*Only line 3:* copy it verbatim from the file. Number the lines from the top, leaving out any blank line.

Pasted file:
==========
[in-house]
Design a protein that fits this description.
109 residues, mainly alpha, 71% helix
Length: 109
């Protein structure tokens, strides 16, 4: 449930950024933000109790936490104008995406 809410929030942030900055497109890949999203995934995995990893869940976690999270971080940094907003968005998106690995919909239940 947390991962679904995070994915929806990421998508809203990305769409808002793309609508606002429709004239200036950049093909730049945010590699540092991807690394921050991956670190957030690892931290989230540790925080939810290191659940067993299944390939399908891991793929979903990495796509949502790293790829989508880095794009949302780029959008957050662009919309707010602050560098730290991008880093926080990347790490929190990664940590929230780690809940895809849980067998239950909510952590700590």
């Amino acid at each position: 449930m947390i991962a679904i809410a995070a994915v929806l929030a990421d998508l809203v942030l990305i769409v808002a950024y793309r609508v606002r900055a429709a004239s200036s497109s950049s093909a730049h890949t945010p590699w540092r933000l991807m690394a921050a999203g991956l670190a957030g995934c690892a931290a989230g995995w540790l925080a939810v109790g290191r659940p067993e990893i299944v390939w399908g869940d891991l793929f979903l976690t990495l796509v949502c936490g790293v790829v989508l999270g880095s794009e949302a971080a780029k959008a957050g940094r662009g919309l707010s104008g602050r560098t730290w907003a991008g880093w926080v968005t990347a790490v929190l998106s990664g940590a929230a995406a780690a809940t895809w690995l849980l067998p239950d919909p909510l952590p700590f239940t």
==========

109 residues, mainly alpha, 71% helix